Sunday, September 20, 2015
Climate change is expected to alter stream temperature and flow regimes over the coming decades, and in turn influence distributions of aquatic species in those freshwater ecosystems.
To better anticipate these changes, there is a need to compile both short- and long-term stream temperature data for managers to gain an understanding of baseline conditions, historic trends, and future projections. Unfortunately, many agencies lack sufficient resources to compile, conduct quality assurance and control, and make accessible stream temperature data collected through routine monitoring. Yet, pooled data from multiple sources, even if temporally and spatially inconsistent, can have great value both in the realm of stream temperature and aquatic response. The NorEaST web portal was developed to meet this need, serving as a coordinated, multi-agency regional framework to map and store continuous stream temperature locations and data for New England, Mid Atlantic, and Great Lakes States.
NorEaST consists of:
• A mapper - where the public can view locations and metadata for current and historic stream temperature monitoring sites
• A database - where data stewards can store and manage their data
• Web services - to connect, communicate, and serve data for use in analysis and applications
Currently, stream temperature monitoring locations and metadata can be viewed for more than 10,000 monitoring locations across 30 states, contributed by 40 different organizations. Organizations collecting continuous stream temperature data can request to become NorEaST users, data stewards can use the web portal to store and manage their organization’s continuous stream temperature data.
To demonstrate the utility of large scale, consistent stream temperature data for use in regional analyses and decision-making, stream temperature data collected as part of the NorEaST project were used in three different targeted applications including:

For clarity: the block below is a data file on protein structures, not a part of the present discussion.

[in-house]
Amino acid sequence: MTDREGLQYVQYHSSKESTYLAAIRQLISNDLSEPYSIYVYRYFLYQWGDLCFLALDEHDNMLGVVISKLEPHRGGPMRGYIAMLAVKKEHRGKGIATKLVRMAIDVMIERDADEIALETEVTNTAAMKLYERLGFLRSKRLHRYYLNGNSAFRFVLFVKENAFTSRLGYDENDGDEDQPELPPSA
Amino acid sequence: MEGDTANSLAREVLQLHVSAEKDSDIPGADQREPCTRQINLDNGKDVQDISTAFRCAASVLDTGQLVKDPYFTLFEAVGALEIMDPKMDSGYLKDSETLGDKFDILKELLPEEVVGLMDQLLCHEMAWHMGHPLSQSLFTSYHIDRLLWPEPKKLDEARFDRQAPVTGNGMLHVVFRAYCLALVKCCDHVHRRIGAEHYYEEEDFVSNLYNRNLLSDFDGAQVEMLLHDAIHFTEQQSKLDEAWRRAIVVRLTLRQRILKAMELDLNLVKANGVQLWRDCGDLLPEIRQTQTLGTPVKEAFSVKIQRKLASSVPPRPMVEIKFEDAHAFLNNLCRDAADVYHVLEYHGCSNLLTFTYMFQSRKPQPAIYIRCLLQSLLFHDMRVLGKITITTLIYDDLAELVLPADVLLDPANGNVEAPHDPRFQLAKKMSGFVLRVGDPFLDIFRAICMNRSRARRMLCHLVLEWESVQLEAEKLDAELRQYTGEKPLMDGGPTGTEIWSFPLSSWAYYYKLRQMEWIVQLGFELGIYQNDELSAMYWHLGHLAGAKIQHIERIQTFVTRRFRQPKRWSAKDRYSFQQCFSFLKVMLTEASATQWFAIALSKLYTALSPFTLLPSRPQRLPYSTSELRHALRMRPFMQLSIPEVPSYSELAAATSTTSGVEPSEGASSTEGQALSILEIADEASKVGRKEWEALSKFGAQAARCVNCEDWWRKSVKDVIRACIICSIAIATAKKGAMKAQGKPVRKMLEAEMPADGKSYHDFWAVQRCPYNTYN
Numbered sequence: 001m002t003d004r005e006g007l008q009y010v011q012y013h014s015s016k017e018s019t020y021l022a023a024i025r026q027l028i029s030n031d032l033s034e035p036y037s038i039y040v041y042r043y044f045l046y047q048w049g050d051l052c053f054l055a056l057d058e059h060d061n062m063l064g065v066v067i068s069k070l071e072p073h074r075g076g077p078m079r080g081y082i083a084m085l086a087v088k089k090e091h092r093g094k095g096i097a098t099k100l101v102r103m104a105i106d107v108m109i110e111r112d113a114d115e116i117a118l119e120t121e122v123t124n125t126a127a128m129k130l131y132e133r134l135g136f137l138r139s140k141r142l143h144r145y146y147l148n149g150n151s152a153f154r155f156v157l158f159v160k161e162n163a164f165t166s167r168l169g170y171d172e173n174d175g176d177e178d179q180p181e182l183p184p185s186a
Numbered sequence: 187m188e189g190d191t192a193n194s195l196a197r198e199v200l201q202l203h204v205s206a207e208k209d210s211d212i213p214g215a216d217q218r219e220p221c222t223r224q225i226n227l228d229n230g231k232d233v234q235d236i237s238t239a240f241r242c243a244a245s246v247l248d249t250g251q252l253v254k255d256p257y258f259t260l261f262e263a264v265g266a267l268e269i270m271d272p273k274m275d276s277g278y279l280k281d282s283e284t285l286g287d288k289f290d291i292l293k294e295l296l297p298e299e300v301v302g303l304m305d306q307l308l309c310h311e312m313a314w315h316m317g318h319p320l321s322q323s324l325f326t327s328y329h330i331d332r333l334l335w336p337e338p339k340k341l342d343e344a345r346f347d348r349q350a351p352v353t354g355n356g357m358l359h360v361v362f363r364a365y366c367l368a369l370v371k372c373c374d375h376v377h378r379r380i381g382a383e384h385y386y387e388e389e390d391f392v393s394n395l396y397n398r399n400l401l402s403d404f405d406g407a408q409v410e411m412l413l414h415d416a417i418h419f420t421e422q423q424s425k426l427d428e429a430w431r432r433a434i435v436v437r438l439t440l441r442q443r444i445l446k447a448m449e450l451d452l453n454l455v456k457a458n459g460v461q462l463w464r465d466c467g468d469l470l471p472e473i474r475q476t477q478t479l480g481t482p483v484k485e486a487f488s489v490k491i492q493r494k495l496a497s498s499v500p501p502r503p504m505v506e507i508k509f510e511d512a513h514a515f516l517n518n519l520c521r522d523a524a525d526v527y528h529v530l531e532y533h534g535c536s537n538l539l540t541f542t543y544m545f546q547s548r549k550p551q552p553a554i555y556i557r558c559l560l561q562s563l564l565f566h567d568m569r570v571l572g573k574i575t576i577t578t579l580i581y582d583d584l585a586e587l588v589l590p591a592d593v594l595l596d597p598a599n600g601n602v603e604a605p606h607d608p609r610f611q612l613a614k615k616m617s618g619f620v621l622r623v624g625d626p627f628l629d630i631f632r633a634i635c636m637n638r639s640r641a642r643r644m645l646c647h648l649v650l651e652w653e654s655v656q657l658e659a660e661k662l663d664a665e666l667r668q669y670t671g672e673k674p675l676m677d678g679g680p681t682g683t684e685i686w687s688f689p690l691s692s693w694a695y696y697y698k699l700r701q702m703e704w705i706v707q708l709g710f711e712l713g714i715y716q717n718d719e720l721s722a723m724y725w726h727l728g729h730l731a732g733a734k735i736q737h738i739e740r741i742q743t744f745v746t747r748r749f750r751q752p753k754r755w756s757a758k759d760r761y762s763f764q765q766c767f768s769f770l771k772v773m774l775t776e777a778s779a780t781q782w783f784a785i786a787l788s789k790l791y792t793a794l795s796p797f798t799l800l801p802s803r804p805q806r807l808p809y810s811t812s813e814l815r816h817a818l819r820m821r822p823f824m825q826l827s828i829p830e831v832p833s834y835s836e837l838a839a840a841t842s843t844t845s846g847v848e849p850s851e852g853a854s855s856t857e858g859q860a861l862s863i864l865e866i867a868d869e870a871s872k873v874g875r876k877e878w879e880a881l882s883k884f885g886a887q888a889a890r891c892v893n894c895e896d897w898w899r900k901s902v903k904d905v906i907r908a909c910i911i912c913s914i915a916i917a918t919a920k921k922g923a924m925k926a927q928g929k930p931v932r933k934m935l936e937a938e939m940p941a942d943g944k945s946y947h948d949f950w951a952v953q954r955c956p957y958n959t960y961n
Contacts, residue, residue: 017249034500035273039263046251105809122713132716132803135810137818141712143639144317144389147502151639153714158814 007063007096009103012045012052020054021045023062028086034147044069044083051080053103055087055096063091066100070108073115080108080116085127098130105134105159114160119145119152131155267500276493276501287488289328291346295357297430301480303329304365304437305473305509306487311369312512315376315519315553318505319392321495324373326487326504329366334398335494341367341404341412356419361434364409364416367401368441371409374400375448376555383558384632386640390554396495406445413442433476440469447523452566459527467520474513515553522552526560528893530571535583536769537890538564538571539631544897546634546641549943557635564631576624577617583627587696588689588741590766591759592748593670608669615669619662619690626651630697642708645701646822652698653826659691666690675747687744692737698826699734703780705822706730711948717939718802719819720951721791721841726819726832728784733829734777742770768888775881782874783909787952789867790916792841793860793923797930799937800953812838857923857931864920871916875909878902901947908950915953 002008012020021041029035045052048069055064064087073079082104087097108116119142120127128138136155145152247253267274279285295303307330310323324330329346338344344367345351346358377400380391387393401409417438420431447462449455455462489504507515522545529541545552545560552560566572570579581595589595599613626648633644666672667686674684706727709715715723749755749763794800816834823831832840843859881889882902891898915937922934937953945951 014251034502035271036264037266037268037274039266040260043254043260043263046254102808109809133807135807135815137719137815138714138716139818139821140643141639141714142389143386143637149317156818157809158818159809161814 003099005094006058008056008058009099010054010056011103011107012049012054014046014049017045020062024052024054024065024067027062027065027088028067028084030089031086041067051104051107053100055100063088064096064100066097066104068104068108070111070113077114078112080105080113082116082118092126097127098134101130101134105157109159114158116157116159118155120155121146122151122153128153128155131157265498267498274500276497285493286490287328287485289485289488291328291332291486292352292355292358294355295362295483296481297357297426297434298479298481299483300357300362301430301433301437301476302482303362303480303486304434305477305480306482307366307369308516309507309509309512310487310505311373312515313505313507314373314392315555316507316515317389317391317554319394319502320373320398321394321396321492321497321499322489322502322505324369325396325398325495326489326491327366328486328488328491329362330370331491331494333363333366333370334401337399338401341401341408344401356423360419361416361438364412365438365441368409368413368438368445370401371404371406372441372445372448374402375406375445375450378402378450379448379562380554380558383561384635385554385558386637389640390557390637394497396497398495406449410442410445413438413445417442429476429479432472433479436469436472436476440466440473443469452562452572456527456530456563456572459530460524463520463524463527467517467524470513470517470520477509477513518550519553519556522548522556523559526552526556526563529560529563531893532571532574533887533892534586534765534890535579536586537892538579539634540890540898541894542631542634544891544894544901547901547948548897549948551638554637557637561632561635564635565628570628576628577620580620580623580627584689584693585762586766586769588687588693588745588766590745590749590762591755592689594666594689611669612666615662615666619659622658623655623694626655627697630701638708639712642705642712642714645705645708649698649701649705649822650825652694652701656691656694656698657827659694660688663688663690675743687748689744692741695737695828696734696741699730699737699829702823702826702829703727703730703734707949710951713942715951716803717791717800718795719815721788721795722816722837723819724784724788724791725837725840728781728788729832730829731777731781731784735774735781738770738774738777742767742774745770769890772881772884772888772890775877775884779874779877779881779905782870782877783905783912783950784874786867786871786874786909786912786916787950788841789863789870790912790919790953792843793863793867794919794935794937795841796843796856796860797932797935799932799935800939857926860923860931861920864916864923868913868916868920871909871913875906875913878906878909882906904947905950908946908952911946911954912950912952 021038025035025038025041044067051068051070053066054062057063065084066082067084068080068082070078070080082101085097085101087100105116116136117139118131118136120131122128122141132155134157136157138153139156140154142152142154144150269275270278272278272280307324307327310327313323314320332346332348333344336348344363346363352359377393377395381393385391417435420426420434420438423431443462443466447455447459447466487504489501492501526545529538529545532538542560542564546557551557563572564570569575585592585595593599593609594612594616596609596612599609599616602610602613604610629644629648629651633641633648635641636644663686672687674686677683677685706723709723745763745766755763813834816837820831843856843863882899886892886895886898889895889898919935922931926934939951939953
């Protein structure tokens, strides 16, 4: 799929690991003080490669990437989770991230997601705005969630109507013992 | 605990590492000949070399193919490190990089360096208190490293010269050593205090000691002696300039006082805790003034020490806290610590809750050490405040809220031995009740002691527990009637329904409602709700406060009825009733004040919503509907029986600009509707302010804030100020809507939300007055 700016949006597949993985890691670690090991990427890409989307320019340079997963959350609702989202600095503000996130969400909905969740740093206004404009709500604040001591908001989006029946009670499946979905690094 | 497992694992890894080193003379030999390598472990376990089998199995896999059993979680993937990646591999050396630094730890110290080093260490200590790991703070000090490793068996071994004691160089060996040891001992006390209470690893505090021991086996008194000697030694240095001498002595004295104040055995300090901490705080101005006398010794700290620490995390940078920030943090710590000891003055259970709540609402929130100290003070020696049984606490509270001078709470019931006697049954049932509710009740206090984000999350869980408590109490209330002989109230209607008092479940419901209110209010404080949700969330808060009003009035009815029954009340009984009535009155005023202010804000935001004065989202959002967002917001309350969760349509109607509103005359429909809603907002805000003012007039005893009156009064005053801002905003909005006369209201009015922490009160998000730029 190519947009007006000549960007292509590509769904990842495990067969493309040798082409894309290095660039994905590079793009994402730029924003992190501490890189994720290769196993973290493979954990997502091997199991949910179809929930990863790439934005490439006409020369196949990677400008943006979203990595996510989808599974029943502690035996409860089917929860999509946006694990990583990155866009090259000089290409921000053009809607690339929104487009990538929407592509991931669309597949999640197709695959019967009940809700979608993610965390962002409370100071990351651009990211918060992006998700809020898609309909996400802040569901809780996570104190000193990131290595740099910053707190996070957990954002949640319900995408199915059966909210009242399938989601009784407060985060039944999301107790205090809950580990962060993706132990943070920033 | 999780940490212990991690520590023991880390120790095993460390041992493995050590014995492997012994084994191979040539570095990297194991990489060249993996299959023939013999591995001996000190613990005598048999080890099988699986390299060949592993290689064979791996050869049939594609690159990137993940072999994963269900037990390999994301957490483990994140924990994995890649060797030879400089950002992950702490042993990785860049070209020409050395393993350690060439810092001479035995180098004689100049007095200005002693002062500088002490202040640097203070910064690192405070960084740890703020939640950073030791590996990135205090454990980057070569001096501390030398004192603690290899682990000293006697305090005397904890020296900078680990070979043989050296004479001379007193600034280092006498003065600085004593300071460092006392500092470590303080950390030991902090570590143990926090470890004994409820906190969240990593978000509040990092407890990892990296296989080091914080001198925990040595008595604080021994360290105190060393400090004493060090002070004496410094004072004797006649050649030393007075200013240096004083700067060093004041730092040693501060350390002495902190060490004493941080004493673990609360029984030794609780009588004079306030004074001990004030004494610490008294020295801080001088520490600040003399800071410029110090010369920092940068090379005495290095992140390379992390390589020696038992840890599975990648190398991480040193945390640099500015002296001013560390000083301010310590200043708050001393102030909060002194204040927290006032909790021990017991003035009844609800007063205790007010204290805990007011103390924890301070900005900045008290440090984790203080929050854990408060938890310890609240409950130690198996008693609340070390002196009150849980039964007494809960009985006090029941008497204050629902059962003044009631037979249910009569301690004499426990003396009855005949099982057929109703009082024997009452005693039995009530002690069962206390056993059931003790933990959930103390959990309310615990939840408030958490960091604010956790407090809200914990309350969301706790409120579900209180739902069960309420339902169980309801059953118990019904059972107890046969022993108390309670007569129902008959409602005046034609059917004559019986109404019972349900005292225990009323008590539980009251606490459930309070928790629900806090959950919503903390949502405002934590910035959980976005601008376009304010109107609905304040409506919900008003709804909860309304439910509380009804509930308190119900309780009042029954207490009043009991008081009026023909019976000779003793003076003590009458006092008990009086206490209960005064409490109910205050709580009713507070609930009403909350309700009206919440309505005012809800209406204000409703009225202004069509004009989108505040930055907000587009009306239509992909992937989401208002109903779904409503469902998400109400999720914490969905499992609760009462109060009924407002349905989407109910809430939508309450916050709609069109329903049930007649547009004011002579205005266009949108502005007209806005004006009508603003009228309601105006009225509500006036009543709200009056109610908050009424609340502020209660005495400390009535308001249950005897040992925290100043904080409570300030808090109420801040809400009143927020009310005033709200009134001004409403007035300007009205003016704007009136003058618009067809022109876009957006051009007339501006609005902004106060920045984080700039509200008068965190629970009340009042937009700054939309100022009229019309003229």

• Generating stream thermal metrics
• Analyzing fish species response to stream thermal metrics
• Evaluating stream temperature modeling approaches for use by aquatic resource managers
Projected changes in climate that may vary regionally and seasonally suggest that stream temperature data from all seasons may prove valuable to management agencies in adapting to climate changes, yet the vast majority of stream water temperature data are collected during the summer season. Results of fish species response to thermal metrics indicate that indicate high summer water temperatures had the most significant associations with fish species across ecoregions. While trends were variable, fall magnitude metrics were associated with many fish species, and we also saw many fish species showing significant associations with temperature variability, expressed by either monthly or seasonal ranges or coefficients of variation. Given the finding of association between thermal metrics and fish species, additional attention is needed to consider seasons other than summer, as well as year-round monitoring and to consider other thermal characteristics besides magnitude.
Significant outreach was conducted by the NorEaST team to gain feedback and promote the project, which has led to increased participation by many governmental and other organizations to actively load their continuous stream and air temperature data sets into the portal. Overall, the NorEaST portal provides a standardized regional framework that will help coordinate and leverage monitoring efforts and data across agencies, help improve data quality, prevent data loss, and provide opportunities for regional analyses.
Resource managers plan to use these data for understanding baseline conditions, historic trends, and future projections of the impacts of climate change on water temperature, and in turn on aquatic biota in freshwater ecosystems. In addition, agencies are collecting these data to assess the effects of water diversions/withdrawals, evaluate the potential effects of dam removal, assess the effects of channel alterations and thermal loading to streams, and to evaluate habitat improvement projects.
The NorEaST web portal continues to seek partners and collaborators to help support ongoing development and improvements, long term operation and maintenance, and to ensure the benefits and stability of the data portal into the future.